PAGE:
6. Caitlin

    I love this! I feel so heartbroken when I see people hate themselves for failing to live up to superficial, arbitrary standards of beauty, instead of recognizing what an opportunity we’ve been given with our bodies and this life. I can’t imagine many of us will reach the end of our lives and find that our great regret has been that we didn’t manage to lose those “last ten pounds” or whatever.

  7. Stacy @ Stacyverb

    So true! I get most of my style inspiration from personal style and/or sewing blogs these days, so when I do actually look through a fashion magazine, it’s always a bit disorienting to see how much the same all the models look. I’m much more interested in seeing how women express their own style and creativity when they’re not being paid to look a certain way.

    • Wendy

      I’ve noticed this too, Stacy. When I look at fashion magazines now there is a blandness to them that I never noticed before.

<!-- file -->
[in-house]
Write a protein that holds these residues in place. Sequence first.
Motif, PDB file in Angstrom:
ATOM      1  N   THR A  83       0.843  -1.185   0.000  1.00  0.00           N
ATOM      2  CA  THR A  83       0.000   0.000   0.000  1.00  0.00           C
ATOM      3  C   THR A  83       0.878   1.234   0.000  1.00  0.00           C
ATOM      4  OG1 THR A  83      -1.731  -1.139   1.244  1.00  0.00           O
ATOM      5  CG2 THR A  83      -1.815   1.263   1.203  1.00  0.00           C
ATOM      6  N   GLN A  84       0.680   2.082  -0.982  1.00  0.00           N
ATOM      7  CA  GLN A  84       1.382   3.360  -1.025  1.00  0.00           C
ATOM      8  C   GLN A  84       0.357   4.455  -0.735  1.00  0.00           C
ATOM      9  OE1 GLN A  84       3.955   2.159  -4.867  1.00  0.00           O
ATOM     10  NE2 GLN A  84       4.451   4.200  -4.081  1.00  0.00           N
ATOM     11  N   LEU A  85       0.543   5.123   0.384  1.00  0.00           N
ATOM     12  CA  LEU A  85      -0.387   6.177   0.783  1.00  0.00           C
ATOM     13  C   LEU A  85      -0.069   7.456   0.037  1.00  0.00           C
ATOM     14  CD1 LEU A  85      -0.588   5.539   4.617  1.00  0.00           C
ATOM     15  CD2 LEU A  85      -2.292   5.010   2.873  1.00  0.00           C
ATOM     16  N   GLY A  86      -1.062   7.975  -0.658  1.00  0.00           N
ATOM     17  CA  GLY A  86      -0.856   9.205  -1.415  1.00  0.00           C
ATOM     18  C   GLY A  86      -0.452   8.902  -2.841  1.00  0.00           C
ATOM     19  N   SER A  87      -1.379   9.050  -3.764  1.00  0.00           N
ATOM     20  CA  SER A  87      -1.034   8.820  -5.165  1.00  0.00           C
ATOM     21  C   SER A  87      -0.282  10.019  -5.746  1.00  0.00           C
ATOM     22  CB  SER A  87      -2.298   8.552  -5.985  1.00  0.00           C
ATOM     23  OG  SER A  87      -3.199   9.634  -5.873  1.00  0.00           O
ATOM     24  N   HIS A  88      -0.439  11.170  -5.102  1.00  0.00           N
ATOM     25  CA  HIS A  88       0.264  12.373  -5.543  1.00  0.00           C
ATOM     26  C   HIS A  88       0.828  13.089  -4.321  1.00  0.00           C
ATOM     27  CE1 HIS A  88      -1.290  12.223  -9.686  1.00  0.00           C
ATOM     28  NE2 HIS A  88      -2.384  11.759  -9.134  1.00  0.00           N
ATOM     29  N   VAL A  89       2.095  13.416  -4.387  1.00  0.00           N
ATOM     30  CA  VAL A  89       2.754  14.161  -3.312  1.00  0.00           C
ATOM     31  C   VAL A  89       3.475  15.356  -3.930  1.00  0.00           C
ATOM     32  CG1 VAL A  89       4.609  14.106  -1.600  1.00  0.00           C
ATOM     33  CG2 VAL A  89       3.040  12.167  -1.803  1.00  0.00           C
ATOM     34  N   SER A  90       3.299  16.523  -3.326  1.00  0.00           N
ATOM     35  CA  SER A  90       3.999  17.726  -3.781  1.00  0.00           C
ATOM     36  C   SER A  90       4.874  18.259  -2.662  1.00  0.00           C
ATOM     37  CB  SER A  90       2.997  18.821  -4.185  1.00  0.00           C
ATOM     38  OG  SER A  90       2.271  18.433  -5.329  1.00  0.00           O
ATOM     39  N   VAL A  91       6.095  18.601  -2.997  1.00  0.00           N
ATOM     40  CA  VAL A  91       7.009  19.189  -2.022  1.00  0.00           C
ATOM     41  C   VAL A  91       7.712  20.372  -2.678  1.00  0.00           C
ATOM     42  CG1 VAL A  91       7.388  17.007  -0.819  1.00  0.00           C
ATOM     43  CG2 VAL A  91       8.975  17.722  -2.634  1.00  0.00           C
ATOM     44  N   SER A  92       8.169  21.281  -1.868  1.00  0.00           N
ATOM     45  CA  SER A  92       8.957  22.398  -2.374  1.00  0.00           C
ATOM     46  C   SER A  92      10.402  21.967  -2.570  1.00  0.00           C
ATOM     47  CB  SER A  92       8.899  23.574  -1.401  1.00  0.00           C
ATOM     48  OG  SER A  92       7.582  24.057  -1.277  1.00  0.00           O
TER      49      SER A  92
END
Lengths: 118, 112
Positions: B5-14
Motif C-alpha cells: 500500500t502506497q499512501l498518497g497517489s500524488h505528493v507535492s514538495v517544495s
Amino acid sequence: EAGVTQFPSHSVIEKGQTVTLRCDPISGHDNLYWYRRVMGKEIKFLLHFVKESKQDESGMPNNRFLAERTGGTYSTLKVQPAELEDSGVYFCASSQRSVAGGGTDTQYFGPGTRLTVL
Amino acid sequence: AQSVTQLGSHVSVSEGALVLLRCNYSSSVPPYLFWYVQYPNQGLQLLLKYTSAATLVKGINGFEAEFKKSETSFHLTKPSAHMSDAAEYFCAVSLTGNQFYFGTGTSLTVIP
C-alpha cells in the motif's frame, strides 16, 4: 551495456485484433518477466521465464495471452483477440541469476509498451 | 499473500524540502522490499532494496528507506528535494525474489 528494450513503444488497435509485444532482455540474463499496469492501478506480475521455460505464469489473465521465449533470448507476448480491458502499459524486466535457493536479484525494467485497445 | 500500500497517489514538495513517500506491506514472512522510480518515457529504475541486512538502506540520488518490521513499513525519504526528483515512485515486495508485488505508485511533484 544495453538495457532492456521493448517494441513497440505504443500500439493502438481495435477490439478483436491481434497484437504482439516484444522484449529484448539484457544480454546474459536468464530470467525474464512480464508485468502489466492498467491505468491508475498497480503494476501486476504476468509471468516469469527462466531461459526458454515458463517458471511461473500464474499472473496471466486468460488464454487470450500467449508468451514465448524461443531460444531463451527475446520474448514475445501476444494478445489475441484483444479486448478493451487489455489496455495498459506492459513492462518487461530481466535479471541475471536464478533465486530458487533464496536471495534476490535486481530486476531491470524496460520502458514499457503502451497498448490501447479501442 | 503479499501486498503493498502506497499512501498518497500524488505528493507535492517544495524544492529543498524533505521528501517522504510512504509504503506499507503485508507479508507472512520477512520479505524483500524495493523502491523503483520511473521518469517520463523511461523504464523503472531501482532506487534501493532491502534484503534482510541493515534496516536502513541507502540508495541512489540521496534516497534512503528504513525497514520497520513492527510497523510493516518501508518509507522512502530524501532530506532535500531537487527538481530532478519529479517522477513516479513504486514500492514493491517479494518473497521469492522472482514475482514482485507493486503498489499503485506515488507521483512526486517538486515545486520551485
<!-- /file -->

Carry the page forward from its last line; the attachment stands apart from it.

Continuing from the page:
8. reva

    OMG! I just watched a movie last night about genetic ‘perfection” where if you had a percieved “flaw” you were dirt! of course Uma Thurman and some other perfect guy star we the leads!

  9. sigourney

    I’m working for a European nature preservation organisation. And it just occurred to me that we build green pathways for wild animals of one isolated population to mix with their species in another isolated population so genetic diversity can happen. If we know that’s good for wild animals why should diversity be bad for us? Looking at animals it’s exactly their individuality we find appealing and attractive. We look for the differences!

  10. Lynn

    Why is it so hard to acknowledge that some women are born beautiful? That is how they are made, it is mother nature. Humans appreciate beauty, whether it is in other people, in nature, or art, or whatever. There is nothing wrong about being beautiful.

    No matter how much you say it, some people will never be beautiful, myself included, but they can be stylish, kind, loving, and be loved. I am sorry that some people just hate themselves too much. Get out of it. You have a purpose in life.

    • Sal

      Indeed, there is nothing wrong with being beautiful. But I, personally, refuse to accept that beauty is an absolute, or objective. Ideas of physical beauty have changed over the years, and will continue to change. Beauty is subjective, and I prefer to live in a world where every person I see holds some beauty.

    • Victoria